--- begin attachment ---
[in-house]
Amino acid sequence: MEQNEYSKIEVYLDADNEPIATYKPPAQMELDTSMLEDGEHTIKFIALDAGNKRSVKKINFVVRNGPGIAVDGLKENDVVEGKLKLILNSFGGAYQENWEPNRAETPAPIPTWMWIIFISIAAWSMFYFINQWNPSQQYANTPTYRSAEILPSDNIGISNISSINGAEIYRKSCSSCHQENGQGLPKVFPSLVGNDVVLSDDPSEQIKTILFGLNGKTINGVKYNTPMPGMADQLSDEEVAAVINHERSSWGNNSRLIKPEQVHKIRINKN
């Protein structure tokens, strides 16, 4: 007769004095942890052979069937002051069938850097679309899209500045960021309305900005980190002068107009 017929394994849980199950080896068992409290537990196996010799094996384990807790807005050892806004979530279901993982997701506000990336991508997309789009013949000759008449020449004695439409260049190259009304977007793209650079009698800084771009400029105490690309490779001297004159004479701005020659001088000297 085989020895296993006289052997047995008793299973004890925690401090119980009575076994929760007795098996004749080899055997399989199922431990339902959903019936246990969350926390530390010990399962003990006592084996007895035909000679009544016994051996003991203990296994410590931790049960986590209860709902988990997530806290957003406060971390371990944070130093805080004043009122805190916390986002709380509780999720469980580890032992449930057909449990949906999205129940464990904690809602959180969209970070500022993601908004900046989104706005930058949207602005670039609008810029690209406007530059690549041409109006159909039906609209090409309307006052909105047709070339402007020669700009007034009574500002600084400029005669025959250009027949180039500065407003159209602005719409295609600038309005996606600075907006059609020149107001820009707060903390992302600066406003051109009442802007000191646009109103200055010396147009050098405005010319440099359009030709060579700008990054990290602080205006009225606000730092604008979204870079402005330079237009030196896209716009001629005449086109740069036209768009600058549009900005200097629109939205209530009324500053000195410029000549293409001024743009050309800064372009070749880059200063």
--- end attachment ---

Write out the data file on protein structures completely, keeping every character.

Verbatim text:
[in-house]
Amino acid sequence: MEQNEYSKIEVYLDADNEPIATYKPPAQMELDTSMLEDGEHTIKFIALDAGNKRSVKKINFVVRNGPGIAVDGLKENDVVEGKLKLILNSFGGAYQENWEPNRAETPAPIPTWMWIIFISIAAWSMFYFINQWNPSQQYANTPTYRSAEILPSDNIGISNISSINGAEIYRKSCSSCHQENGQGLPKVFPSLVGNDVVLSDDPSEQIKTILFGLNGKTINGVKYNTPMPGMADQLSDEEVAAVINHERSSWGNNSRLIKPEQVHKIRINKN
């Protein structure tokens, strides 16, 4: 007769004095942890052979069937002051069938850097679309899209500045960021309305900005980190002068107009 017929394994849980199950080896068992409290537990196996010799094996384990807790807005050892806004979530279901993982997701506000990336991508997309789009013949000759008449020449004695439409260049190259009304977007793209650079009698800084771009400029105490690309490779001297004159004479701005020659001088000297 085989020895296993006289052997047995008793299973004890925690401090119980009575076994929760007795098996004749080899055997399989199922431990339902959903019936246990969350926390530390010990399962003990006592084996007895035909000679009544016994051996003991203990296994410590931790049960986590209860709902988990997530806290957003406060971390371990944070130093805080004043009122805190916390986002709380509780999720469980580890032992449930057909449990949906999205129940464990904690809602959180969209970070500022993601908004900046989104706005930058949207602005670039609008810029690209406007530059690549041409109006159909039906609209090409309307006052909105047709070339402007020669700009007034009574500002600084400029005669025959250009027949180039500065407003159209602005719409295609600038309005996606600075907006059609020149107001820009707060903390992302600066406003051109009442802007000191646009109103200055010396147009050098405005010319440099359009030709060579700008990054990290602080205006009225606000730092604008979204870079402005330079237009030196896209716009001629005449086109740069036209768009600058549009900005200097629109939205209530009324500053000195410029000549293409001024743009050309800064372009070749880059200063």